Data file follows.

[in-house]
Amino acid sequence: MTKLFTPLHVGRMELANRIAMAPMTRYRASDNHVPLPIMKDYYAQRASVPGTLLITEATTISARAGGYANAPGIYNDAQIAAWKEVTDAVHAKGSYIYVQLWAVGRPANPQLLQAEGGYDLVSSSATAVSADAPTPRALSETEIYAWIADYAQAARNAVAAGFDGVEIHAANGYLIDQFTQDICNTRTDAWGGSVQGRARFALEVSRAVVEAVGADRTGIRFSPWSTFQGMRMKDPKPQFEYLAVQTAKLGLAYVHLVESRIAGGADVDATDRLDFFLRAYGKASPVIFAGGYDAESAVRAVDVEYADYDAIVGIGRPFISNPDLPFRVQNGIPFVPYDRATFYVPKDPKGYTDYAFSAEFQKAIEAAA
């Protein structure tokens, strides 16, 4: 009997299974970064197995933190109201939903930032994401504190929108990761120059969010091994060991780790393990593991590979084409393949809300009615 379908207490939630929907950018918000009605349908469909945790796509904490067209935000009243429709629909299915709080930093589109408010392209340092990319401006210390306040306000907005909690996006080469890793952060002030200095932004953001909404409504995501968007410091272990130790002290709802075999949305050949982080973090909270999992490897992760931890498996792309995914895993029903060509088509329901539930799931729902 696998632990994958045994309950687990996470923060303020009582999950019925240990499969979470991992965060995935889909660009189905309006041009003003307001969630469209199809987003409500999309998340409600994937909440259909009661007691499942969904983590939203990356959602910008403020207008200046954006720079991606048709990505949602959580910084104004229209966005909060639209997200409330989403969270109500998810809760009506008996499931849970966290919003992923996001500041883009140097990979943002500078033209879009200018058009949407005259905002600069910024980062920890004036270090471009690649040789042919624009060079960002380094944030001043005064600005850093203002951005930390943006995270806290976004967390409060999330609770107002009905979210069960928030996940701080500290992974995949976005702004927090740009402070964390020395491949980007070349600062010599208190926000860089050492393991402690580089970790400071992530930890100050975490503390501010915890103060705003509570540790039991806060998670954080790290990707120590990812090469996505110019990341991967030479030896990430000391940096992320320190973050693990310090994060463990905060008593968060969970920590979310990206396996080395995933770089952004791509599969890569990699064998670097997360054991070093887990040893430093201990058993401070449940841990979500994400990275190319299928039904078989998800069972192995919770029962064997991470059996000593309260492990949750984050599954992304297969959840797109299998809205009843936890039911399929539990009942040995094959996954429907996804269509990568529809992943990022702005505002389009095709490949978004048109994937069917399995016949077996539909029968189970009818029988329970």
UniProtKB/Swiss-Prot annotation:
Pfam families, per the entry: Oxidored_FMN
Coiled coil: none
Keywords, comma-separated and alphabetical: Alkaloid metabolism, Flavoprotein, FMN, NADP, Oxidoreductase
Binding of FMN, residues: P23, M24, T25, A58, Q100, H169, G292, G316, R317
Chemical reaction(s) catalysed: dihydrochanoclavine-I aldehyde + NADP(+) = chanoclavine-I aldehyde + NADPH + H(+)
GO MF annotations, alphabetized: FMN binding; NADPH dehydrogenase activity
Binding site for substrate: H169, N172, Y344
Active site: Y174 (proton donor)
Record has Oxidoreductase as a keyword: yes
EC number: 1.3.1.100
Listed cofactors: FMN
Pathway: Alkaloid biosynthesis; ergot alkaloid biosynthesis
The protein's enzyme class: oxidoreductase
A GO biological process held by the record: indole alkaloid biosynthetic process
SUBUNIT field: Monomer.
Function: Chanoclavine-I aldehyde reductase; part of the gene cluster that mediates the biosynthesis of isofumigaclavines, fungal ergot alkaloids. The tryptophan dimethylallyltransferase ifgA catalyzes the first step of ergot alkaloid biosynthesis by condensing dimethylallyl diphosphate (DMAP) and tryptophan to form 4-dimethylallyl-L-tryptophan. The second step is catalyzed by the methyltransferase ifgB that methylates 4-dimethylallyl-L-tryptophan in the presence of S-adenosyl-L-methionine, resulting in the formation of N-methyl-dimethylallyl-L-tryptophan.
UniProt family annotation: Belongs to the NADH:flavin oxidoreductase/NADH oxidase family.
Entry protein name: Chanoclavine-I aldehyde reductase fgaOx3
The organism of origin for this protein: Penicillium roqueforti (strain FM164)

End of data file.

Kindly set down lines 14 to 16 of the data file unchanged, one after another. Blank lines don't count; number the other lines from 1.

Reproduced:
EC number: 1.3.1.100
Listed cofactors: FMN
Pathway: Alkaloid biosynthesis; ergot alkaloid biosynthesis